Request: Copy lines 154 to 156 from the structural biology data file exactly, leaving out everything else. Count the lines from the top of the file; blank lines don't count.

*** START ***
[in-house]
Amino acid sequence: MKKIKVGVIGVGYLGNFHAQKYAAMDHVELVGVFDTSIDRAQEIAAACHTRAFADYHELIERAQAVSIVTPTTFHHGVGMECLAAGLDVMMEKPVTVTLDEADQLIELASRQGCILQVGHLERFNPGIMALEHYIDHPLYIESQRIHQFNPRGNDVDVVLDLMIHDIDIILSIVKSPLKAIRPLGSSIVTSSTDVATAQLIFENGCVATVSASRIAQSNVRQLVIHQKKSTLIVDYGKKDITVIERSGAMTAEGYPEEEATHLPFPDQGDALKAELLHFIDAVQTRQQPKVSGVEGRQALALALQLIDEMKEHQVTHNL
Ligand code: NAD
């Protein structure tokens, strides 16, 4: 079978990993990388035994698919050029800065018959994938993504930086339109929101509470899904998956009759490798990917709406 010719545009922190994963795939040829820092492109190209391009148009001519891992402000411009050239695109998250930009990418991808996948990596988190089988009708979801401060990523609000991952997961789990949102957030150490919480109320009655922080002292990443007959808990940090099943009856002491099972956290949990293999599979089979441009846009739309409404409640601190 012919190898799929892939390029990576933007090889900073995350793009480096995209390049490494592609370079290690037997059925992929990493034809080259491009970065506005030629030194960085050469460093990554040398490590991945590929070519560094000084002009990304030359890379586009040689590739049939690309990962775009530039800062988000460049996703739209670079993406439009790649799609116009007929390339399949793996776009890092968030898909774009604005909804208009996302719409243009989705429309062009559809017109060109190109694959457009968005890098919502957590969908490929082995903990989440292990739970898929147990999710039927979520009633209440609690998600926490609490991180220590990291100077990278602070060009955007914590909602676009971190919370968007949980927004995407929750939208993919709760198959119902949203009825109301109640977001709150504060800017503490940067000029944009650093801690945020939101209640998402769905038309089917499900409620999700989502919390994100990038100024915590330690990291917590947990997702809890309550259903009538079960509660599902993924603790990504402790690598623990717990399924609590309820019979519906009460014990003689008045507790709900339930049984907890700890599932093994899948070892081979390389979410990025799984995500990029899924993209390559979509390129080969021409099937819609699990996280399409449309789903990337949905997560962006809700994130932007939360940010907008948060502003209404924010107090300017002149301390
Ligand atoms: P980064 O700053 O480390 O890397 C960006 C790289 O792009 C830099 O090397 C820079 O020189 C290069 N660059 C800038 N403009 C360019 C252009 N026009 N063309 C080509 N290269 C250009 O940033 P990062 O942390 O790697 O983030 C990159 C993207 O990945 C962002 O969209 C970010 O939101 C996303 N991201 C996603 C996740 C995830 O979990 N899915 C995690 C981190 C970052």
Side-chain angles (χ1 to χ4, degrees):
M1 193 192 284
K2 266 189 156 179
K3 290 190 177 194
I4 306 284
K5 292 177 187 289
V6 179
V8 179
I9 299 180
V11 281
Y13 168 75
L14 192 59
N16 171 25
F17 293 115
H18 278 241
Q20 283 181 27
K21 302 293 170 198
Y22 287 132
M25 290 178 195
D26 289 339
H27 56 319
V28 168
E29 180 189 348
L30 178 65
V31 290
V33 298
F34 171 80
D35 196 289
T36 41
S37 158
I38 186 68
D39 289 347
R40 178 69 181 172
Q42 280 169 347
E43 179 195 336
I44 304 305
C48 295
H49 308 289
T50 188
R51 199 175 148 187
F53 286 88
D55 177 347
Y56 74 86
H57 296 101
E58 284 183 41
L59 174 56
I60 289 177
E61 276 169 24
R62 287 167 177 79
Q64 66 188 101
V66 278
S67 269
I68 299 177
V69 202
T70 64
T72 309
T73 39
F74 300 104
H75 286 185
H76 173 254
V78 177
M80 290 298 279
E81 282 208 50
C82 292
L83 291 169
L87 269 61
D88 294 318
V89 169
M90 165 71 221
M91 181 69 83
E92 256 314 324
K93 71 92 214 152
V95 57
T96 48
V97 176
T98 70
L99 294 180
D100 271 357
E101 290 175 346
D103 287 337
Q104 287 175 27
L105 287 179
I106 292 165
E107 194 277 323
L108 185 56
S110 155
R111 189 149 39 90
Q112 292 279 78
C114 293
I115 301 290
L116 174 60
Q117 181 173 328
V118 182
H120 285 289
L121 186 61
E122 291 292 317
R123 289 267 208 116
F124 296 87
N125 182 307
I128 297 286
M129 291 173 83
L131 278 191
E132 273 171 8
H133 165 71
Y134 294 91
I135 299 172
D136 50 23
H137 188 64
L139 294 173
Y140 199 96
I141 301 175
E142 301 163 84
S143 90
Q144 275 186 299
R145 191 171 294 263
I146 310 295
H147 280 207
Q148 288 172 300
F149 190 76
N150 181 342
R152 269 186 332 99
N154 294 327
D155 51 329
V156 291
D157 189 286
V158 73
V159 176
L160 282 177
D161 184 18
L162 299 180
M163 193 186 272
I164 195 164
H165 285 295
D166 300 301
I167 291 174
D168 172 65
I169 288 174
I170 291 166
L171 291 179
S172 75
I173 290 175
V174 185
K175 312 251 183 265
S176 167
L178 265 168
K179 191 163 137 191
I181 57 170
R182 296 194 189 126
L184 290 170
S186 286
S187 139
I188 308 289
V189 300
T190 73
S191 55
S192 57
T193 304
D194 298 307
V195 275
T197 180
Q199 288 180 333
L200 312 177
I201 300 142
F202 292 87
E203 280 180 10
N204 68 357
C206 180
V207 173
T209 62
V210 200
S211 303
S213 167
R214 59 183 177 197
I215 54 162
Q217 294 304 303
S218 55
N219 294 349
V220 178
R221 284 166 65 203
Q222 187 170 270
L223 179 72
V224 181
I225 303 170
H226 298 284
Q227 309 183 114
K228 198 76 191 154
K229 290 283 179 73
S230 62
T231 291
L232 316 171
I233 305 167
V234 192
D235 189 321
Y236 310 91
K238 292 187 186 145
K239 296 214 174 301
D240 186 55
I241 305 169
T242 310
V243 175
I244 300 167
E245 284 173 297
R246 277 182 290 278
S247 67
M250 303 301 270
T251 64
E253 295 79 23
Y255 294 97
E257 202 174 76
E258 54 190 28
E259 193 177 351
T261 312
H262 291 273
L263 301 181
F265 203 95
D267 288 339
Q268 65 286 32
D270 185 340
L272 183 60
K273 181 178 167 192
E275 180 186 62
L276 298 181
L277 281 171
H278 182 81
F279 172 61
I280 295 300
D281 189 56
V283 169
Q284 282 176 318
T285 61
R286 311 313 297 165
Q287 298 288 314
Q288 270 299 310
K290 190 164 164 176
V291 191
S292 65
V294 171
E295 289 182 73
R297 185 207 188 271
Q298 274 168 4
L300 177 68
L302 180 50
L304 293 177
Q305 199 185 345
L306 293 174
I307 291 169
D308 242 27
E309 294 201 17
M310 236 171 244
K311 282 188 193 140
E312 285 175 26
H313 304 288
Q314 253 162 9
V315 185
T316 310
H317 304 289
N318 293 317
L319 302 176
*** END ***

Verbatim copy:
L184 290 170
S186 286
S187 139